Amyl and The Sniffer' by Amyl and The Sniffers.' Adam Williams reviews the band's new release for is out May 24th via ATO/Rough Trade.

Rough Trade/ATO Records


Amyl and The Sniffers

Amyl and The Sniffers

Amyl and The Sniffers is the name and chaos is their game; from the humble beginnings of just spontaneously jamming one day as a four and then releasing the wares from said jam the next day, to wreaking havoc across the globe with their own brand of rugged punk ‘n’ roll, to being signed by Rough Trade, Amyl and The Sniffers’ trajectory has been a sharp ascent since that hallowed day in 2016. With a reputation of being an untamed beast in the live environment, the Aussie quartet are readying their self-titled debut album, one that distils the anarchy of their live shows sans the sweat drenched mosh pits.

Following the EPs ‘Giddy Up’ and ‘Big Attraction’, the Melbourne punk’s eponymous first long player rages and snarls with a vehement intensity. At the centre of the bedlam is vocalist Amy Taylor, armed with a sneered bogan Australian vocal delivery, her styling is just as confrontational as the melee that fuels her fire and vice versa. Amyl and The Sniffers are completed by guitarist Dec Martens, drummer Bryce Wilson and bass player Gus Romer and collectively the foursome manage to straddle all the anti-social outposts of rock ‘n’ roll, capturing punk and hardcore’s volatile side, whilst sliding in some of AC/DC’s ragged histrionics – there are many scorching solos to be lapped up – and the slightest nod to surf rock. There’s no rock star bullshit to be found here, it’s pure anarchy without a shred of sheen.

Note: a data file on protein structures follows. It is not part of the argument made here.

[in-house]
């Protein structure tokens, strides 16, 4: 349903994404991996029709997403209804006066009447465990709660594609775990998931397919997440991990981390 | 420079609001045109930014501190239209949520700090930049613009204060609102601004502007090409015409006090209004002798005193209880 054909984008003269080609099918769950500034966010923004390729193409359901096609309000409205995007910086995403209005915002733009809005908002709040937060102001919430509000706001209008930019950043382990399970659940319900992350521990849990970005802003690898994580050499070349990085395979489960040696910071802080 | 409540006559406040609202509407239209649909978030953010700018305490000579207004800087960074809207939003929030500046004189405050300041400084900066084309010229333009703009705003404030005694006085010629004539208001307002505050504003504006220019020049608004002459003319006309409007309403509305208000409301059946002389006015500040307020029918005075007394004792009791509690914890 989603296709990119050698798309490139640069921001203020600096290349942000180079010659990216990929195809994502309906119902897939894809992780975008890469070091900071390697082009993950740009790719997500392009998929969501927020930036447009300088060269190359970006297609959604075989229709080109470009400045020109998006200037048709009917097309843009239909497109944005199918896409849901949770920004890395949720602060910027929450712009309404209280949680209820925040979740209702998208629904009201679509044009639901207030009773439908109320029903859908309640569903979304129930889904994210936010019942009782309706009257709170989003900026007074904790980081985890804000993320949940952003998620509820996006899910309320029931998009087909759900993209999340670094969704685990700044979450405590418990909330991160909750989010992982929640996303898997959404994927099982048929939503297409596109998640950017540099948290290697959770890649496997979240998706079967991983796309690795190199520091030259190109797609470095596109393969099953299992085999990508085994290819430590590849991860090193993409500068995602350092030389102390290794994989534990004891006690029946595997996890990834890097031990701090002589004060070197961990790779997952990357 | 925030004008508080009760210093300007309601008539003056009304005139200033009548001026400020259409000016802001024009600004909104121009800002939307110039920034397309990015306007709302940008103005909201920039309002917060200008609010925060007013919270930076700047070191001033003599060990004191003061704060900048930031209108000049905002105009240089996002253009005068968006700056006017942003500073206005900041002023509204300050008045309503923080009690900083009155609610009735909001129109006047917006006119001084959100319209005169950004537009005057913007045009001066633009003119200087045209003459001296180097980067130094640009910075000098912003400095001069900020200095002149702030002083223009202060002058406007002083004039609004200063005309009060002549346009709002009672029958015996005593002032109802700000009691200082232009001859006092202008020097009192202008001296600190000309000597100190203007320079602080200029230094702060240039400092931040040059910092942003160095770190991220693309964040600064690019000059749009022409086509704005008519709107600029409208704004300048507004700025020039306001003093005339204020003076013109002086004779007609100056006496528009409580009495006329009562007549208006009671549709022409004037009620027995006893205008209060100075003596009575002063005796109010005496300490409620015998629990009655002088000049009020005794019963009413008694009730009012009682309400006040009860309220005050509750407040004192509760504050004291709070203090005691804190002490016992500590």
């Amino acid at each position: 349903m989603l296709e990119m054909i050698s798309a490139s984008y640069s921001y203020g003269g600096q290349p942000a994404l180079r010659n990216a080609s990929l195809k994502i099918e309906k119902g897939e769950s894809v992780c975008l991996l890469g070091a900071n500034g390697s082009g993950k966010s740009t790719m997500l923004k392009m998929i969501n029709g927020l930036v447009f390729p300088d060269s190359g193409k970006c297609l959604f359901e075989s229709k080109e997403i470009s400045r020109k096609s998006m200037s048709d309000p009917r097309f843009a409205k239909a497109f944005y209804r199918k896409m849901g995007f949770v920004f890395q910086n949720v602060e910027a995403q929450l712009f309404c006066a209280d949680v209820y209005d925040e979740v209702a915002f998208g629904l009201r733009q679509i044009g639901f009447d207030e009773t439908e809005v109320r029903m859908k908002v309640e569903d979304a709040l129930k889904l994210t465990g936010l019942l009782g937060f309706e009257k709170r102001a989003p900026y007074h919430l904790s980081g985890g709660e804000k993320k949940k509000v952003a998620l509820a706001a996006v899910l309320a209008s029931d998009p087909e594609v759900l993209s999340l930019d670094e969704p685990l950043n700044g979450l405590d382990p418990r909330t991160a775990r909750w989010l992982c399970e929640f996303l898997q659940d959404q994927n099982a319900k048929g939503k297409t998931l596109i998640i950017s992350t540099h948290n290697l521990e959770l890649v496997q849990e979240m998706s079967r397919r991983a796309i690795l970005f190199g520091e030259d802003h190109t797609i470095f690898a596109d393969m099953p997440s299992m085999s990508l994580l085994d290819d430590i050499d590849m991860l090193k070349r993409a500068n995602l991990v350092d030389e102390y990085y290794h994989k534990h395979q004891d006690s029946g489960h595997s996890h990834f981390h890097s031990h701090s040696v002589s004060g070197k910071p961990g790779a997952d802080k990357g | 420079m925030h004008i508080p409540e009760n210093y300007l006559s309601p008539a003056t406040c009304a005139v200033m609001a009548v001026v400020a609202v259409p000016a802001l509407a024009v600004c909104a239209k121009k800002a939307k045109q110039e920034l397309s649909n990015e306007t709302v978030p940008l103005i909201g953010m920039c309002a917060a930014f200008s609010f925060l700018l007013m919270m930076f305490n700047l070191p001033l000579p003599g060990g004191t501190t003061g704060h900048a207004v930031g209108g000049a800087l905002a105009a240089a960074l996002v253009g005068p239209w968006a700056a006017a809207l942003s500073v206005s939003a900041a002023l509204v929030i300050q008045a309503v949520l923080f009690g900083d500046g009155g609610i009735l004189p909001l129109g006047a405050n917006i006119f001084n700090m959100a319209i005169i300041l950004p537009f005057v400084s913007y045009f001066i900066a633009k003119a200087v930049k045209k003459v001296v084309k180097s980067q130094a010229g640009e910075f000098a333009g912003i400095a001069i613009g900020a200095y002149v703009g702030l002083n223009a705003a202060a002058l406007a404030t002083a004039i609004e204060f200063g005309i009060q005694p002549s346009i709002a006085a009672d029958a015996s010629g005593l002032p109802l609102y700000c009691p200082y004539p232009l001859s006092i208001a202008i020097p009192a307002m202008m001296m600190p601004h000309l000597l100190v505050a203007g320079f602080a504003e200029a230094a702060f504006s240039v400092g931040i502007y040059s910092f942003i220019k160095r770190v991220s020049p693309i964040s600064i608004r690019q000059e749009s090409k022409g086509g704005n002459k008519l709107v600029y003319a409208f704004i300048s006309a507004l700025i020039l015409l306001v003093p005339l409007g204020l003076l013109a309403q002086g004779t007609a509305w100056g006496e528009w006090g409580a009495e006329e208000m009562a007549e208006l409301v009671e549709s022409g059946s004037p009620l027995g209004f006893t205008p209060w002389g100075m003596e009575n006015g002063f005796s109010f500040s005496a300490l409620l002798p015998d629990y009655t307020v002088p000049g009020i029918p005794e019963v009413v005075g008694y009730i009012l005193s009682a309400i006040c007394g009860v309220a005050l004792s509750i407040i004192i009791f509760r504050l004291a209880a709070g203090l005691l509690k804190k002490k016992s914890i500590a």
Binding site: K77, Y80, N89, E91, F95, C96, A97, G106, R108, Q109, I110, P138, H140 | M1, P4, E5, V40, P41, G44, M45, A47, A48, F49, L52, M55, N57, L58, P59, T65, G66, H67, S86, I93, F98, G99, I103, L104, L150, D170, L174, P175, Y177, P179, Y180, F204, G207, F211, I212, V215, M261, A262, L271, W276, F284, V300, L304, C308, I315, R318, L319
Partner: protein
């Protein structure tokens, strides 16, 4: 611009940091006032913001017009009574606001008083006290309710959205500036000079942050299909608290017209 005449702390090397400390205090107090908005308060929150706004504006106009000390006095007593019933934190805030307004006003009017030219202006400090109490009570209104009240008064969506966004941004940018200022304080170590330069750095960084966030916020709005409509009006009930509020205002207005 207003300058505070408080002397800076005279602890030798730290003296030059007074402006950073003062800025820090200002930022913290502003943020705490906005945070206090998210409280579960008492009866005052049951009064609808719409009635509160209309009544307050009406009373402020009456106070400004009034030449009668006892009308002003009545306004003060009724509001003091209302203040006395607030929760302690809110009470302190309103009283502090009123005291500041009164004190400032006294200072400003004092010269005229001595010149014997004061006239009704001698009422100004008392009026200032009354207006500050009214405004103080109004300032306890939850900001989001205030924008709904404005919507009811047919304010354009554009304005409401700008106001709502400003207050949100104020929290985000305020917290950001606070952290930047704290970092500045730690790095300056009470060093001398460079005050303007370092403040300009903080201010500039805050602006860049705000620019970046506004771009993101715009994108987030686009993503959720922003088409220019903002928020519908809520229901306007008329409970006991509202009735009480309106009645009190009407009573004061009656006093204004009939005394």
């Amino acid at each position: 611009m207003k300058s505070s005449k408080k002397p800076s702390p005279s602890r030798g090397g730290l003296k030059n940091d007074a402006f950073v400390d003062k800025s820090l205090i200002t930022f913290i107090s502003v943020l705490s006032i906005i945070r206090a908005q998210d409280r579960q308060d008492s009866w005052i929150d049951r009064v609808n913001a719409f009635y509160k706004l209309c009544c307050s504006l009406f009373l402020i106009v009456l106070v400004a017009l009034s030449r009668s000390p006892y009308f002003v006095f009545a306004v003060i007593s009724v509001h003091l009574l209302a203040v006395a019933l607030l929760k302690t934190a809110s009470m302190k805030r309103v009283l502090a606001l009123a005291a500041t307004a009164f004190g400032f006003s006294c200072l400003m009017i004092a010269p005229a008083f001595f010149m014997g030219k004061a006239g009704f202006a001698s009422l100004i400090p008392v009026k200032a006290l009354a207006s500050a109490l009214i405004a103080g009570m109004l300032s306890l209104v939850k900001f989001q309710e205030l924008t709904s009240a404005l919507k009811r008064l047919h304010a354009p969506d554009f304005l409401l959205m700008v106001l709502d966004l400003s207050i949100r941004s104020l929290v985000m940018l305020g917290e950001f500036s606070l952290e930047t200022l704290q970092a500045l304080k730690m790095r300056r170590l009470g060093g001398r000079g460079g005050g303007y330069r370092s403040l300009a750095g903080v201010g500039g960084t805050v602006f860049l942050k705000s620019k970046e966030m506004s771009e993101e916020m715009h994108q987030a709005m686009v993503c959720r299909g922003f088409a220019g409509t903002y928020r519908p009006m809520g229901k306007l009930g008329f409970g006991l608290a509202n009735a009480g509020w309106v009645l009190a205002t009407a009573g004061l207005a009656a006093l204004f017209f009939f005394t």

‘Amyl and The Sniffers’ USP presents itself via the band’s rapid and relentless take on punk with the fury and frustration that comes with it. There’s a smattering of tracks that barely push the two-minute mark and it’s this whim-wham-bam approach that nails home the band’s point with gusto. ‘Gack on Anger’ is a twisted anthem for the disenfranchised, a furious blast of punk that has Taylor hollering in her abrasive Australian accent “I’m working off my arse/every single day/for the minimum wage/and I don’t get paid/I don’t have a house/I can’t pay the rent/I’m sleeping on the floor/in a car/in a tent”. ‘GFY’s fiery detonation of rampant hardcore flecked with punk is where Taylor yelps “I think you’re a fucking lunatic” and for someone to “go fuck yourself”. It’s anger at full tilt, as is the untethered violence of ‘Punisha’. When not swerving through the chicanes of punk and hardcore ‘Amyl and The Sniffers’ dips its toe into garage rock waters. ‘Angel’, with its poppy vocal harmonies and jaunty jangle, recounts a love story that’s hit the buffers “I love you so much/but your love is too tough/I wanna be your little angel but your little angel just ain’t enough”. ‘Got You’ on the other hand is where infatuation proves itself to be overwhelming for Taylor; over a barrage of shouty garage rock, the band’s gobby mouthpiece claims “walk in the room and I start blushing”. The record is sandwiched by two slabs of extended rock ‘n’ roll; ‘Starfire 500’ is an elongated romp through rough ‘n’ ready, primal anarchy while album closer ‘Some Mutts (Can’t Be Muzzled)’ is Amyl and The Sniffers flexing their big ROCK muscles, as it sounds like Black Flag and Chuck Berry speeding down a highway in an illegal street race. It’s punchy, fearsome and the perfect way to round off the band’s rampant debut LP.

Whether you like it or not Amyl and The Sniffers are coming, it’s time to embrace the chaos.

Words and Thoughts of Adam Williams